Topotecan/Doxil Studied as Second-Line Ovarian Cancer Therapy

March 1, 2002

NEW YORK-Liposomal doxorubicin (Doxil) may be essentially equivalent to topotecan (Hycamtin) as second-line therapy for ovarian cancer, but the combination of the two may have more promise than either agent alone, according to preliminary results of a phase I study.

NEW YORK—Liposomal doxorubicin (Doxil) may be essentially equivalent to topotecan (Hycamtin) as second-line therapy for ovarian cancer, but the combination of the two may have more promise than either agent alone, according to preliminary results of a phase I study.

Franco Muggia, MD, director of medical oncology, New York University (NYU) School of Medicine, reported results suggesting that some patients have "very long responses" on liposomal doxorubicin plus topotecan. "From our preliminary results, one might expect that the response rates with the combination will exceed those of either drug alone," he said at the Chemotherapy Foundation Symposium XIX (abstract 31).

Liposomal doxorubicin alone has been characterized in a large, randomized trial as a suitable treatment option in recurrent epithelial ovarian carcinoma. This is because of its favorable safety profile, convenient dosing, and efficacy comparable to topotecan, which has been studied extensively in recurrent disease.

Similar Response Rates

In this phase III study of 474 patients with recurrent epithelial ovarian carcinoma, the two agents showed similar overall response rates and median overall survival times. Liposomal doxorubicin was superior to topotecan in overall survival time (median, 108 weeks vs 71.1 weeks, P = .008), while there was a survival trend in favor of topotecan for the platinum-refractory patients (Gordon AN et al: J Clin Oncol 19:3312-3322, 2001).

Several points about the study are interesting in light of ongoing investigations looking at dual-topoisomerase inhibition in the second-line setting.

Dr. Muggia noted that both topotecan and liposomal doxorubicin have response rates over 25% in platinum-sensitive patients. The curves for progression-free survival and overall survival for the two agents vary, despite similar medians. This fact suggests that continued therapy with liposomal doxorubicin might improve the two extremes of the survival curves, he said.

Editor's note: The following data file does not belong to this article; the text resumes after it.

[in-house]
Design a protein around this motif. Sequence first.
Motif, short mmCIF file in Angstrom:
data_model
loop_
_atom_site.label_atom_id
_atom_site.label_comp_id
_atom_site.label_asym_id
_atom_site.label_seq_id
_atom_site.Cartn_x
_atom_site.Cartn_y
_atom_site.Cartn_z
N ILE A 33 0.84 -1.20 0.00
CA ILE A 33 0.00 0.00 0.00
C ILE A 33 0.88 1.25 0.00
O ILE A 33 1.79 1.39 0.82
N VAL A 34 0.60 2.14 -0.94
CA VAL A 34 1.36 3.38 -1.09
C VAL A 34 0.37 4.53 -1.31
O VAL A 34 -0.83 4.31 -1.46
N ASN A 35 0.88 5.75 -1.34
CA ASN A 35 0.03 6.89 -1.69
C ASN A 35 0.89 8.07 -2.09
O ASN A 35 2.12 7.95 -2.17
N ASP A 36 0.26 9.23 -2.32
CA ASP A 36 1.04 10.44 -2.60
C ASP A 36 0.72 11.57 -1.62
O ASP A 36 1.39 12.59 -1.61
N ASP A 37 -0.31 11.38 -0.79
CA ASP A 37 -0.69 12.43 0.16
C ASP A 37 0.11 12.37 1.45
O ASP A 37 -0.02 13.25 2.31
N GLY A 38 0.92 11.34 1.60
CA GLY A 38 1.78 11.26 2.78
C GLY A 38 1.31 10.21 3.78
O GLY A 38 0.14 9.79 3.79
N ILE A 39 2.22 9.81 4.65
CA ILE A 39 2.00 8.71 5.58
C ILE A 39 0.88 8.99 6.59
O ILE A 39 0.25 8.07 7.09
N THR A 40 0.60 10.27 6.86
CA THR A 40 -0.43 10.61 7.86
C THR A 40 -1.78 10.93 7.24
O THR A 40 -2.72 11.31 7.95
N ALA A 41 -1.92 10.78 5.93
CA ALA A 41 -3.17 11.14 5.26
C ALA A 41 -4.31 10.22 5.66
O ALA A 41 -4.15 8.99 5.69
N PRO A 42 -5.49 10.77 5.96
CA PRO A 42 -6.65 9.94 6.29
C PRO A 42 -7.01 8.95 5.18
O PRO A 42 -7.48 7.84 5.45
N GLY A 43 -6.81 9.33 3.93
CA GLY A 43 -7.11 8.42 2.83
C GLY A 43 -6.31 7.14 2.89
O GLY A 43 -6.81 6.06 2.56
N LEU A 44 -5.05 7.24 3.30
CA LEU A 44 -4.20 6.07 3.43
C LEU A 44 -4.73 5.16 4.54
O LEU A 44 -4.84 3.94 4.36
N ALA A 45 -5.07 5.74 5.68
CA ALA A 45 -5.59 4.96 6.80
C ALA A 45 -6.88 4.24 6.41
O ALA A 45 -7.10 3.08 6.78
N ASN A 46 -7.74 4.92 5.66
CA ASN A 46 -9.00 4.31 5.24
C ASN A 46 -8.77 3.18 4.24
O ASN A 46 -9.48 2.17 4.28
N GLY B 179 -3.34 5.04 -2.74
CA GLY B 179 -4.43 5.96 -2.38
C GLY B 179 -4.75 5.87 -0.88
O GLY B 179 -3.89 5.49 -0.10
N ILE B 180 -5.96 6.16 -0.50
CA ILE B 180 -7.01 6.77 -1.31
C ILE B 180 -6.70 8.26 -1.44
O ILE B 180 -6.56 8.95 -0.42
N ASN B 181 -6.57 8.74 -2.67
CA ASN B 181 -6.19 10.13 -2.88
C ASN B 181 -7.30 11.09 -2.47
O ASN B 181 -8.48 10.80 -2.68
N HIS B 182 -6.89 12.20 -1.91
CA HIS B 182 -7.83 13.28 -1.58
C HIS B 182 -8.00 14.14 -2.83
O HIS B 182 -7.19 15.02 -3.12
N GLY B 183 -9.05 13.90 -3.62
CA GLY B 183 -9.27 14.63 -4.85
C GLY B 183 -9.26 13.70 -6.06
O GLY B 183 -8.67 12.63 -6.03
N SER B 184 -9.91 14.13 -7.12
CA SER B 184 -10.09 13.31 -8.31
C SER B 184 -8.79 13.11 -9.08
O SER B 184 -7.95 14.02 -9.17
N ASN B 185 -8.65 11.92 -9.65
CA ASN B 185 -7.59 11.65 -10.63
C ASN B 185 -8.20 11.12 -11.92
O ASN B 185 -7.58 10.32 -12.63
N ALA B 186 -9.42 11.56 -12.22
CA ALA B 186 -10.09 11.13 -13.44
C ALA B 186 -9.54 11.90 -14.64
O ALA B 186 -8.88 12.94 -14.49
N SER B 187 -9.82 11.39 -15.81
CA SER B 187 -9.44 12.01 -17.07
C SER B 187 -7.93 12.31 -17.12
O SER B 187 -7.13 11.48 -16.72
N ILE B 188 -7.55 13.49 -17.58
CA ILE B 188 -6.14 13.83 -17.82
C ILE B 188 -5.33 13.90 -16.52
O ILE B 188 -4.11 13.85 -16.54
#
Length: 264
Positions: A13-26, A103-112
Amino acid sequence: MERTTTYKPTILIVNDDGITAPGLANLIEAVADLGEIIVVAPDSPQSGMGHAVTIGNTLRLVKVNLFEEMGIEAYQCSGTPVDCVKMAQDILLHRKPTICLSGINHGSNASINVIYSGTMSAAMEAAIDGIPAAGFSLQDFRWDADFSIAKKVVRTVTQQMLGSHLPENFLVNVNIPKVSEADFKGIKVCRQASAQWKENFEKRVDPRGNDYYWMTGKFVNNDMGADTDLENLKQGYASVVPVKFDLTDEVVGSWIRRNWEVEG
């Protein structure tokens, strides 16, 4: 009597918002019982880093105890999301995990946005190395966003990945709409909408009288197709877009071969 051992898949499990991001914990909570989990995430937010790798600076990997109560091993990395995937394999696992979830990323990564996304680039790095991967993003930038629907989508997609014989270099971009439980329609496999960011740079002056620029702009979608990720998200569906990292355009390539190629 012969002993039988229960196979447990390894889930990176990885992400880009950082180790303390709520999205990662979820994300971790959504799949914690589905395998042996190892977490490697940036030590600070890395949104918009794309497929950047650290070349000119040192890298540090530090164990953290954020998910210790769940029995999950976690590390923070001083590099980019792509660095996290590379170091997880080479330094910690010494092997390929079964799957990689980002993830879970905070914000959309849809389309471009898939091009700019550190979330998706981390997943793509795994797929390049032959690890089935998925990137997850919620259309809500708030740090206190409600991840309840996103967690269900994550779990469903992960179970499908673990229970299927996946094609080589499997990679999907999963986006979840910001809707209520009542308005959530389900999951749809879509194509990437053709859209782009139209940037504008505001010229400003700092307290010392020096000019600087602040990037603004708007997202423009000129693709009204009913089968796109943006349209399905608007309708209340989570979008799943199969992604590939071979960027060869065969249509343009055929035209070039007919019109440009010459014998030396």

Liposomal doxorubicin may have an advantage over topotecan in platinum-sensitive patients, as shown in the phase III trial results.

The two agents have nonoverlapping toxicities (major dose-limiting toxicities are myelosuppression for topotecan, and skin toxicity and mucositis for liposomal doxorubicin). "The lack of neurotoxicity could render the combination an attractive regimen to develop for second-line therapy," Dr. Muggia said.

The NYU Study

In the 20-patient phase I study at NYU, liposomal doxorubicin was given at one of two intravenous doses every 28 days along with 14 to 21 days of topotecan as a continuous, low-dose infusion (oral topotecan was used later).

For seven patients who received intravenous liposomal doxorubicin plus intravenous topotecan, there were two complete responses and one partial response, while three patients had prolonged stable disease (greater than 6 months).

Among the 13 patients who received intravenous liposomal doxorubicin and oral topotecan, there was one partial response and six patients who had stable disease for 6 months or more (median, 11.5 months). All of the responding
patients were platinum resistant, Dr. Muggia reported.

Dose-limiting toxicities included neutropenia and thrombocytopenia. The recommended phase II dose was topotecan 0.4 mg/m² for 14 days plus liposomal doxorubicin 40 mg/m² every 28 days. Some patients had unacceptable gastrointestinal toxicity on oral topotecan, Dr. Muggia said.

Future phase III trials must specifically address whether a liposomal doxorubicin-topotecan combination would have an advantage over other combinations or sequential single agents, he added.